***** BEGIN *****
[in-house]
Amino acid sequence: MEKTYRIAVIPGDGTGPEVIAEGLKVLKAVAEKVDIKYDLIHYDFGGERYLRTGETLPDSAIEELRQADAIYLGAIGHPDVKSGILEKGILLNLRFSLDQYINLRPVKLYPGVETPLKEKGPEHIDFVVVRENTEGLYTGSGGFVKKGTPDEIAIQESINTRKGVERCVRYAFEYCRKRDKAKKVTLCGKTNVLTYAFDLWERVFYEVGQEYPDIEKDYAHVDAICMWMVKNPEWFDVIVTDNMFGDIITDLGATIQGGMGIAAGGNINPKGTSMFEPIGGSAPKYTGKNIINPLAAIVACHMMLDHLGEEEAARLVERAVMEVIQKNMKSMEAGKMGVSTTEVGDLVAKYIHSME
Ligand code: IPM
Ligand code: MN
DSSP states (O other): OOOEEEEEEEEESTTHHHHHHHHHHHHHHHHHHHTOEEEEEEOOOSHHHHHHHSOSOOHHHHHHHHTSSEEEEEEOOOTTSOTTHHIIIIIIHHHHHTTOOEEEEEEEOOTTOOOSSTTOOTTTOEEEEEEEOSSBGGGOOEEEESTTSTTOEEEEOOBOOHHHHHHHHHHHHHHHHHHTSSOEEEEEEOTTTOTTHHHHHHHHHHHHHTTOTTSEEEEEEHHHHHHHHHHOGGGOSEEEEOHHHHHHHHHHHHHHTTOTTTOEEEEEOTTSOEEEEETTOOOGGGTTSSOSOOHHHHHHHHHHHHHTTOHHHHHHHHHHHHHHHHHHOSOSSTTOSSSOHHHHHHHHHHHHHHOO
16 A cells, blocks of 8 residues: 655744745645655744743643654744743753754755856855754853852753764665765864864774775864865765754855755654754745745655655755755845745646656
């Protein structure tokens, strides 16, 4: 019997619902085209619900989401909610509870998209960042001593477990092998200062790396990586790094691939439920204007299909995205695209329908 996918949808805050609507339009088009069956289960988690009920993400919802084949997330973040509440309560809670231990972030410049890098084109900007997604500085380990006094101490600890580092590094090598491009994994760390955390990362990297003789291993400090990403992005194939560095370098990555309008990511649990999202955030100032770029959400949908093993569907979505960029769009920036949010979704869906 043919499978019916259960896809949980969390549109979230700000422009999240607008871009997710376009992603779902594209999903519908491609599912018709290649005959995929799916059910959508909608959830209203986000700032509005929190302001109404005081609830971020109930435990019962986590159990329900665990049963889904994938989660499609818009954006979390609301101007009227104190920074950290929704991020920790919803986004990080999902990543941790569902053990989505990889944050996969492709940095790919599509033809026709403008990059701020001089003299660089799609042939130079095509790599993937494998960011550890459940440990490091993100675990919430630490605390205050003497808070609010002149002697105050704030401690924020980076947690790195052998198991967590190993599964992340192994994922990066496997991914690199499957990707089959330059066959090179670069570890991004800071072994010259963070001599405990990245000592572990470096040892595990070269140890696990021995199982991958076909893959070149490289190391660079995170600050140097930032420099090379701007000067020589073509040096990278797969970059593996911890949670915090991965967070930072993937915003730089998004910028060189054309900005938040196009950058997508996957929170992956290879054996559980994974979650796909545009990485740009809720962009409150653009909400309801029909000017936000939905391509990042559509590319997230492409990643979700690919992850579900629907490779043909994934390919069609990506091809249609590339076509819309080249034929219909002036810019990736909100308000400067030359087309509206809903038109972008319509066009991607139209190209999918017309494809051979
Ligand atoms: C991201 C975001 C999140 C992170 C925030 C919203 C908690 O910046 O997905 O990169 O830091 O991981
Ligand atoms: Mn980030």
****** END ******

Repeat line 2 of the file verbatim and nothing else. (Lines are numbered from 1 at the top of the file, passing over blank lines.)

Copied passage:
Amino acid sequence: MEKTYRIAVIPGDGTGPEVIAEGLKVLKAVAEKVDIKYDLIHYDFGGERYLRTGETLPDSAIEELRQADAIYLGAIGHPDVKSGILEKGILLNLRFSLDQYINLRPVKLYPGVETPLKEKGPEHIDFVVVRENTEGLYTGSGGFVKKGTPDEIAIQESINTRKGVERCVRYAFEYCRKRDKAKKVTLCGKTNVLTYAFDLWERVFYEVGQEYPDIEKDYAHVDAICMWMVKNPEWFDVIVTDNMFGDIITDLGATIQGGMGIAAGGNINPKGTSMFEPIGGSAPKYTGKNIINPLAAIVACHMMLDHLGEEEAARLVERAVMEVIQKNMKSMEAGKMGVSTTEVGDLVAKYIHSME